Concept Change in Senior Housing Will Preserve Independence Albany Business Review Online (03/22/02) Vol. 6, No. 12 p.45; Bryce, Siobhan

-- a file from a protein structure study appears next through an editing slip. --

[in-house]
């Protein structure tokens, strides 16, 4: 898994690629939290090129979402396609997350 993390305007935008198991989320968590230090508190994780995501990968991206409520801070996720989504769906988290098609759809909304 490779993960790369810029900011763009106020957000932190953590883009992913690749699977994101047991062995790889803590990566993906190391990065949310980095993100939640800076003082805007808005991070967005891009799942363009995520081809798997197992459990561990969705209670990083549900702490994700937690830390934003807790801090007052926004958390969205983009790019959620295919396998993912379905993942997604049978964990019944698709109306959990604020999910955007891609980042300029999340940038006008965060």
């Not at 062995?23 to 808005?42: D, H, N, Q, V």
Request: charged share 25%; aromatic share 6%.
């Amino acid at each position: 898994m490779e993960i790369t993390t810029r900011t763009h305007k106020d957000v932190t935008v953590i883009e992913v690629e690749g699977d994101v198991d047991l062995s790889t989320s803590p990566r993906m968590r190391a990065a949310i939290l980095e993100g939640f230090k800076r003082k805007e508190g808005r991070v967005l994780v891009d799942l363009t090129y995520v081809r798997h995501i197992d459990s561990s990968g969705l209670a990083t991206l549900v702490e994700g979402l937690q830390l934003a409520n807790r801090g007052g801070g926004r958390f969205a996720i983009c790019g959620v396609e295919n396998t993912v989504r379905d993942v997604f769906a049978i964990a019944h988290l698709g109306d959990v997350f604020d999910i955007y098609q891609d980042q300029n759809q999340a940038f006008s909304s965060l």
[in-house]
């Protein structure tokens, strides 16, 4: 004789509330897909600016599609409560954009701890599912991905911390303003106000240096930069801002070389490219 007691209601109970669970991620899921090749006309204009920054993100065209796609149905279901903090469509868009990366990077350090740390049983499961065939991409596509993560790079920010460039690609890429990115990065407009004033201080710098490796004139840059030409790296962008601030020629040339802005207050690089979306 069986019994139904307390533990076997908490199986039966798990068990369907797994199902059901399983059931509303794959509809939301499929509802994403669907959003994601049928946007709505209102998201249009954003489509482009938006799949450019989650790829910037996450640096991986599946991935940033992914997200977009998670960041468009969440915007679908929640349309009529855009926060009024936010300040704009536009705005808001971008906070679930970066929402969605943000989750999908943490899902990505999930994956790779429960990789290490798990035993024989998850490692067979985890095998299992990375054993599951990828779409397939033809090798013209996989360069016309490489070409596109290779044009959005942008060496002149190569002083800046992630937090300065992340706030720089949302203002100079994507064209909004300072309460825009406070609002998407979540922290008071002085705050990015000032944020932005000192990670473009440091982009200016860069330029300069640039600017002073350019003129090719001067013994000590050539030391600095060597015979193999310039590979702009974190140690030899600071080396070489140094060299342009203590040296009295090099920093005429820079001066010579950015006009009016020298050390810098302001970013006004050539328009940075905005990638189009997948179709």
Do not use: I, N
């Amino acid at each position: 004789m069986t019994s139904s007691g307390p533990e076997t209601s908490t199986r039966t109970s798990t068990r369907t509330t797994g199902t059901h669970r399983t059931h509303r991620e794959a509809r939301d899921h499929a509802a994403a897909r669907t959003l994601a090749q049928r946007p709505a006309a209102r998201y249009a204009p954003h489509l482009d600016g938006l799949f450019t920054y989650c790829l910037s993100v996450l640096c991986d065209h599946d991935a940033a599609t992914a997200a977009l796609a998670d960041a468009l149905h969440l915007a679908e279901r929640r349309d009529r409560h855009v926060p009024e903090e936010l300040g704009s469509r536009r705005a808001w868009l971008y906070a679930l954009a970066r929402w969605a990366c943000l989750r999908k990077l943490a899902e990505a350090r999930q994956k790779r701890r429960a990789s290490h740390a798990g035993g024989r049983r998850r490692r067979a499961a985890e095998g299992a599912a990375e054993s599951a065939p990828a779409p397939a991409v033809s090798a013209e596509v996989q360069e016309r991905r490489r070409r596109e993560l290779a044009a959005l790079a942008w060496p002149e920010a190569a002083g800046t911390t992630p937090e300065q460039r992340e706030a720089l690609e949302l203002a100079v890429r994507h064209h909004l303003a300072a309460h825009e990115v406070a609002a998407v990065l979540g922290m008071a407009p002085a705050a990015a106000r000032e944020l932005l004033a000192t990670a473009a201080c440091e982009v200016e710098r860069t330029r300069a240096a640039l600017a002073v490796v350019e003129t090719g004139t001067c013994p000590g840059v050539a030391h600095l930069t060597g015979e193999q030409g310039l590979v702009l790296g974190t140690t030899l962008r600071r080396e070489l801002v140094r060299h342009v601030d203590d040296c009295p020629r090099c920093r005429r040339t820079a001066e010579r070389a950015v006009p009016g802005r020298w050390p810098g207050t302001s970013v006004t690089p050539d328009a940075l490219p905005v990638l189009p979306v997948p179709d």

Now that senior citizens are healthier and living longer, senior housing often incorporates independent living, assisted living, and nursing home care into a single facility in the hopes of preserving their independence while providing affordable continued care. Laurie Leckonby, vice president of Albany, N.Y.-based real estate developer The United Group of Cos., says service coordinators determine residents' needs, choose the appropriate provider, and connect them with community-based services, such as home care providers and meals-on-wheels. New York state Division of Housing communication director Dan Gilbert says many senior housing facilities are often being built in downtown locales, giving residents easy access to grocery stores and other businesses. Meanwhile, state and federal governments are working to assist moderate-income seniors, whose incomes cannot stretch enough to afford upscale communities but are too high to qualify for low-income housing. New York Gov. George Pataki, for instance, has established Senior Housing Initiatives and State Tax Credit Programs to finance mixed-income housing geared toward households earning 90 percent of the regional median income. Such programs are necessary as baby boomers enter retirement and boost the senior population.